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Below is an extract from Burnet’s latest IMPACT magazine by Professor George Patton, Murdoch Children’s Research Institute and Dr Pete Azzopardi, Burnet Institute.
Premature death remains pivotal in health measurement. Mortality measures attract political attention as indicators of social and economic progress and figure prominently in the United Nations’ (UN) Millennium Development Goals (MDGs).
Despite its importance, we measure mortality poorly in most places; global coverage by civil registration and vital statistics (CRVS) systems is only 38 per cent, and around a third of these deaths are captured on poor-quality systems. Progress in CRVS systems has been glacial. The global coverage of deaths registered in 2015 increased by only two per cent from 2000. Deaths in older children and younger adolescents continue to receive little attention.
Globally, economic development and demographic change has been accompanied by an epidemiological transition that has brought mortality improvements in children younger than five years relative to those of older children. The resulting reversal in age-related mortality patterns in many countries means that it is timely to focus greater attention on mortality in older children and younger adolescents.
In their study in The Lancet Global Health, Professor Bruno Masquelier and colleagues from the UN Interagency Group for Child Mortality Estimation provided valuable new estimates of mortality in children aged 5–14 years from 1990 to 2016. Mortality during these middle years of childhood is considered to be low relative to that of younger children and older adolescents. Global measurement systems have therefore been focused elsewhere, resulting in weak primary data at a point in life where there is a developmental shift in causes of death.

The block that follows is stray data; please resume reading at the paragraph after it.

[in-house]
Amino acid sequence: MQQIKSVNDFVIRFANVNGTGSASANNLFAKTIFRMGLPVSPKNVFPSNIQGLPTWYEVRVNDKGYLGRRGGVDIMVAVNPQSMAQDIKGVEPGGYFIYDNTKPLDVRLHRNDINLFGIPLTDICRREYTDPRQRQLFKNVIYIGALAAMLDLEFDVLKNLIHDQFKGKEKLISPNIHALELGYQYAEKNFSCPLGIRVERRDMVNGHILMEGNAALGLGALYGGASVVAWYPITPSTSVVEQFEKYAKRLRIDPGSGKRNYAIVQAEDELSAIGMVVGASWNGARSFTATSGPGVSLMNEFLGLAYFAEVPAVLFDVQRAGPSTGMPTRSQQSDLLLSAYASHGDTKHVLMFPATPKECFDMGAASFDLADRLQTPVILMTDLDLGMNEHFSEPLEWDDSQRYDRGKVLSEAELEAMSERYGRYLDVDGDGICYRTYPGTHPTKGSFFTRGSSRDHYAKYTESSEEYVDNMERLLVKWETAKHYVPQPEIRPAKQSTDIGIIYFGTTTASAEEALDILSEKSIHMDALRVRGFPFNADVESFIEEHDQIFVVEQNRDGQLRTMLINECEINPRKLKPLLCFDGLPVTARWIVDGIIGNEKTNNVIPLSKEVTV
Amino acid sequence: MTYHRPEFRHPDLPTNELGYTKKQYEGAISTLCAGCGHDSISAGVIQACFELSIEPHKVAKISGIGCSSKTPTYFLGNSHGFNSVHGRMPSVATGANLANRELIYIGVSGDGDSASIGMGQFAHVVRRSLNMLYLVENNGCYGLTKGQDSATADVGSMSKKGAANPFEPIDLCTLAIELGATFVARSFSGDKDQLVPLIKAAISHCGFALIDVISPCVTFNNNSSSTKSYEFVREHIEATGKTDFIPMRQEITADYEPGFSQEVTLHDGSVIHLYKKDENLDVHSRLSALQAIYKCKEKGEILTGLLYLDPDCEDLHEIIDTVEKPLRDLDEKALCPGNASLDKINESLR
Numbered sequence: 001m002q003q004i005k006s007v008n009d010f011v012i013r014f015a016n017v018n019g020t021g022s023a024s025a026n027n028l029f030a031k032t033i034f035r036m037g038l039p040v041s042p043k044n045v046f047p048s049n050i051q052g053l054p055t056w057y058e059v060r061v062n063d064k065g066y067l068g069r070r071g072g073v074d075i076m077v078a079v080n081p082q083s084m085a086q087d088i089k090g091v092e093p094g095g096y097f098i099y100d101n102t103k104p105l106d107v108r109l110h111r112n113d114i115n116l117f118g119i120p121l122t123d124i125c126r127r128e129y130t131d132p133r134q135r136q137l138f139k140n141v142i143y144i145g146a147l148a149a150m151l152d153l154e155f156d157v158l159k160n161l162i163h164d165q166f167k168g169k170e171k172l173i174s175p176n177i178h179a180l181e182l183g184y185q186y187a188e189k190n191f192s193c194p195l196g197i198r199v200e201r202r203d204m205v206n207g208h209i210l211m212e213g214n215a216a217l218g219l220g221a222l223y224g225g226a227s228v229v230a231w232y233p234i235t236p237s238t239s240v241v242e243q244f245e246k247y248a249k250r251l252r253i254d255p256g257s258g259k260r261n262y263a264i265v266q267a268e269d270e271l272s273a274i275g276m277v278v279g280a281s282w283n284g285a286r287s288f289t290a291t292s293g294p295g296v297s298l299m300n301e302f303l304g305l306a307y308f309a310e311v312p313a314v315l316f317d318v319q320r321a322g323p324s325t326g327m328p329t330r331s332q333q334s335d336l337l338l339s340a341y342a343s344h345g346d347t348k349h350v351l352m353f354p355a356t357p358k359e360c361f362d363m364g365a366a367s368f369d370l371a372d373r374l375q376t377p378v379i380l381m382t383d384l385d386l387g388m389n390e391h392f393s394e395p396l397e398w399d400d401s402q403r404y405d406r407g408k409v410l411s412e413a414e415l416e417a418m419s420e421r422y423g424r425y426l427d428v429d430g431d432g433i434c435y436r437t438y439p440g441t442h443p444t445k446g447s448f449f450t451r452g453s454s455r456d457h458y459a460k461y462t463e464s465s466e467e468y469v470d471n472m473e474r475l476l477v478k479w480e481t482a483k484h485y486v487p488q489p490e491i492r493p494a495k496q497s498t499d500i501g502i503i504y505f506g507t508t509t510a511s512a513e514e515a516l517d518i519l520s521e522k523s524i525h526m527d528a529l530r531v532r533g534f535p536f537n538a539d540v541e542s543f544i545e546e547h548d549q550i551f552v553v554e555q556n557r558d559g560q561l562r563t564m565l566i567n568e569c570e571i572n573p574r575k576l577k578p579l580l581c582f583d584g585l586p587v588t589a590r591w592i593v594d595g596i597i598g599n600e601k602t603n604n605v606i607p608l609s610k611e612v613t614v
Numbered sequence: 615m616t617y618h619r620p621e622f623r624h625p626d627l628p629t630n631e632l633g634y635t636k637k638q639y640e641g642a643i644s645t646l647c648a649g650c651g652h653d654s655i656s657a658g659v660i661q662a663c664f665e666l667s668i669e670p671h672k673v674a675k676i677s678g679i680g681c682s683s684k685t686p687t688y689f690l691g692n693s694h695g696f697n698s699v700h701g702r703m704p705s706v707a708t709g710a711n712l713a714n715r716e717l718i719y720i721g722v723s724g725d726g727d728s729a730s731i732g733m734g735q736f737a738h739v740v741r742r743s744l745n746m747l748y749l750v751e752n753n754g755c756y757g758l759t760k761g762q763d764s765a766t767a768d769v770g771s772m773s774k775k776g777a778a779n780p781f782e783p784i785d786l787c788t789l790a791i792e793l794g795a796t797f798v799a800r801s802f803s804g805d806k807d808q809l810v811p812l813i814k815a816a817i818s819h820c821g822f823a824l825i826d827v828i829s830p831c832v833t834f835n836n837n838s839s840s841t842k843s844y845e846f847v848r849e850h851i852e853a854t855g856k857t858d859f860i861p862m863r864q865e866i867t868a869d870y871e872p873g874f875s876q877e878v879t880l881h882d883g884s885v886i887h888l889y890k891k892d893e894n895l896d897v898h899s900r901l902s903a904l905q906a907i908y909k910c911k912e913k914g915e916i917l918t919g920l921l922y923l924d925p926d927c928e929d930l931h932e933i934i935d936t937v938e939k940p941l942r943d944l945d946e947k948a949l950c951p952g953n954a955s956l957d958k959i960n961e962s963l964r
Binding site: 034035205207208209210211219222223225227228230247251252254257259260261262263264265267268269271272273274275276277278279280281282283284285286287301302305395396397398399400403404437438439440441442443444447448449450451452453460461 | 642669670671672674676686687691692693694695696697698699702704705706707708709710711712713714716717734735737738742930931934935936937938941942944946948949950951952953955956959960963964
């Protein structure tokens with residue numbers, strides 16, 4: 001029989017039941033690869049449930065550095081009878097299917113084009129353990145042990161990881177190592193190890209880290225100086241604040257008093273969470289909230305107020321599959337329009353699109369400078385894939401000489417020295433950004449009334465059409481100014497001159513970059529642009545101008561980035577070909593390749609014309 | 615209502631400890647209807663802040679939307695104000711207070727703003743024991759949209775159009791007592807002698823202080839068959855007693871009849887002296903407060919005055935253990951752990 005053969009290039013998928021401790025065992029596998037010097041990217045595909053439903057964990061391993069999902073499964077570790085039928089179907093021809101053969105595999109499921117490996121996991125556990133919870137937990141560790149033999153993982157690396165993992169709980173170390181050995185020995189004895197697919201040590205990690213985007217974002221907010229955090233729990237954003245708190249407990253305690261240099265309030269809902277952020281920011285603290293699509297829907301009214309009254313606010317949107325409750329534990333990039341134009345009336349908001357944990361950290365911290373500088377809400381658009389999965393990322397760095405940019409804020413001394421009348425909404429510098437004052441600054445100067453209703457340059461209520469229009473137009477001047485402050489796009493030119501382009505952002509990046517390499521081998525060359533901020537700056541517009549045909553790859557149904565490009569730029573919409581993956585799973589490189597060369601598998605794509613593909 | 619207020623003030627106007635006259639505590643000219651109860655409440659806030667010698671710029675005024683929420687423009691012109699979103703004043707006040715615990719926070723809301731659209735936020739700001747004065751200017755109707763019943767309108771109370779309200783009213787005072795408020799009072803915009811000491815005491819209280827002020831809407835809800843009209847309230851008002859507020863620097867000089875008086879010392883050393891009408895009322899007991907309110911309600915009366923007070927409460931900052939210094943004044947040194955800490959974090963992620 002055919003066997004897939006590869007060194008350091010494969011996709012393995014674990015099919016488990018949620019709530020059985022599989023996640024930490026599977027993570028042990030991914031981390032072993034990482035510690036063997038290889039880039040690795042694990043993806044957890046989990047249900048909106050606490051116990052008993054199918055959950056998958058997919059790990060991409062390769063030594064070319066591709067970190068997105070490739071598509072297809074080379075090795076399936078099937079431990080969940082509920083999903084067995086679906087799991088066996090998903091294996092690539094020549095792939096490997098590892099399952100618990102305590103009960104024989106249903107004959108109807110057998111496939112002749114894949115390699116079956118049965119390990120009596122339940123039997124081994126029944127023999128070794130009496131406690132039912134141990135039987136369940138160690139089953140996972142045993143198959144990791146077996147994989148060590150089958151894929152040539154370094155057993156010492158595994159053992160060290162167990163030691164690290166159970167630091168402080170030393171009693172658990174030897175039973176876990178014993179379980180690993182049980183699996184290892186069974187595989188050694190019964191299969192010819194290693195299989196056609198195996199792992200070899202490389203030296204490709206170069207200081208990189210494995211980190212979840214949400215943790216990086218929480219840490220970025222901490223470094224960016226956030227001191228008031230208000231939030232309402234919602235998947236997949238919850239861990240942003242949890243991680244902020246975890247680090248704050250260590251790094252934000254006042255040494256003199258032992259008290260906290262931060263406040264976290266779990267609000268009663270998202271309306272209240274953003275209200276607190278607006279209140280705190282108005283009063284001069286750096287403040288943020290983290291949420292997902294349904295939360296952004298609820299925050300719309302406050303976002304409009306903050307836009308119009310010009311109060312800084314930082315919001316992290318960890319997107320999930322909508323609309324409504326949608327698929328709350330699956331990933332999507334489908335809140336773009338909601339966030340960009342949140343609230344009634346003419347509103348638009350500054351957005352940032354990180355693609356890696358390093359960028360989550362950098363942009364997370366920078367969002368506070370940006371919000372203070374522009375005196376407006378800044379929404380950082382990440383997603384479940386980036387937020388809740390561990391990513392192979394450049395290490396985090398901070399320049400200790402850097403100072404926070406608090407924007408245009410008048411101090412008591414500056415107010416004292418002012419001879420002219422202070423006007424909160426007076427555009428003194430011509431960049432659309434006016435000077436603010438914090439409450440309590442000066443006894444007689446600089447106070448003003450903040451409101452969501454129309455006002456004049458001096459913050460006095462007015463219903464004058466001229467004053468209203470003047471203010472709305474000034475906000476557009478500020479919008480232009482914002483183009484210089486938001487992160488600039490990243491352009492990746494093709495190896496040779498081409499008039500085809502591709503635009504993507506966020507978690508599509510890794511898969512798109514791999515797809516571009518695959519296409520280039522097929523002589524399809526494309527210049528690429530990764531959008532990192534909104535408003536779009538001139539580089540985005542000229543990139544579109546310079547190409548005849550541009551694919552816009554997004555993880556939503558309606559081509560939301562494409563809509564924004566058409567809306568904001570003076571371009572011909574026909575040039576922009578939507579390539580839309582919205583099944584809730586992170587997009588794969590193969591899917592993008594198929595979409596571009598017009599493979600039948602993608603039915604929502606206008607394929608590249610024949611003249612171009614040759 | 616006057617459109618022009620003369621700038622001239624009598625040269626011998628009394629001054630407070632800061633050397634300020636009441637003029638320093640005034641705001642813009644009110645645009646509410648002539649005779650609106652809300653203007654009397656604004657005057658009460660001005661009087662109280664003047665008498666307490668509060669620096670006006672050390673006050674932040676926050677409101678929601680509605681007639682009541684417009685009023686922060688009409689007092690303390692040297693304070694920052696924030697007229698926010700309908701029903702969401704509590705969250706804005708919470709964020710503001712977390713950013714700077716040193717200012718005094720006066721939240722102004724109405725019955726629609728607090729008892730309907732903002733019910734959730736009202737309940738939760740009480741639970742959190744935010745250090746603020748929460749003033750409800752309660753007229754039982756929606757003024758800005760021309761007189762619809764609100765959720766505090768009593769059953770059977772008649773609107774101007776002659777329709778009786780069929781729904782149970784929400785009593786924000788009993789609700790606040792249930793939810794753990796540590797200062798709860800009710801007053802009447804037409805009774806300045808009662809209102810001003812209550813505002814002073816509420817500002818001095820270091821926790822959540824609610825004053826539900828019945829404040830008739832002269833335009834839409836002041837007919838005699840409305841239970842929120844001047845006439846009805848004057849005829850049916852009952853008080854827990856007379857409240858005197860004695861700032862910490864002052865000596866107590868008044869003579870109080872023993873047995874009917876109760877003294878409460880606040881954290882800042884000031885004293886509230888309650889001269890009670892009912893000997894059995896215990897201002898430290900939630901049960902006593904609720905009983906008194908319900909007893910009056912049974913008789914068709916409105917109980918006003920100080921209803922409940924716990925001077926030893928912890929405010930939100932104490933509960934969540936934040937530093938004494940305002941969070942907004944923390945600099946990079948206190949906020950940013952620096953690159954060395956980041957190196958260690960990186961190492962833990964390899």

Puberty is a time when gender and socioeconomic differences in mortality emerge. These social determinants are likely to affect mortality differently in different places, meaning that sound primary data are essential, instead of relying on extrapolation from mortality estimates in younger children or adults.
Notably, more than half of all deaths in children aged 5–14 now occur in seven countries, with the overall burden moving over time to sub-Saharan Africa; both slower decreases in mortality and demographic shifts have contributed to this excess in mid-childhood mortality in Africa.
Further progress will require better primary data on all-cause mortality and causes of death, on which good data are even scarcer. Masquelier and colleagues suggest greater sharing of microdata, extending the use of sibling histories (on the survival of brothers and sisters), and greater use of censuses.
The number of deaths from maternal causes or due to violence or road traffic injuries is also likely to differ from those at older ages, suggesting value in extending observational efforts to these younger groups.
The improved use of existing data in the study by Masquelier and colleagues brings us a step forward in understanding mortality in these neglected middle years of childhood.
Extract from The Lancet Global Health, Vol 6, Issue 10, Oct 1, 2018
Click here for the full Summer 2018 edition of IMPACT
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Co-Head of Adolescent Health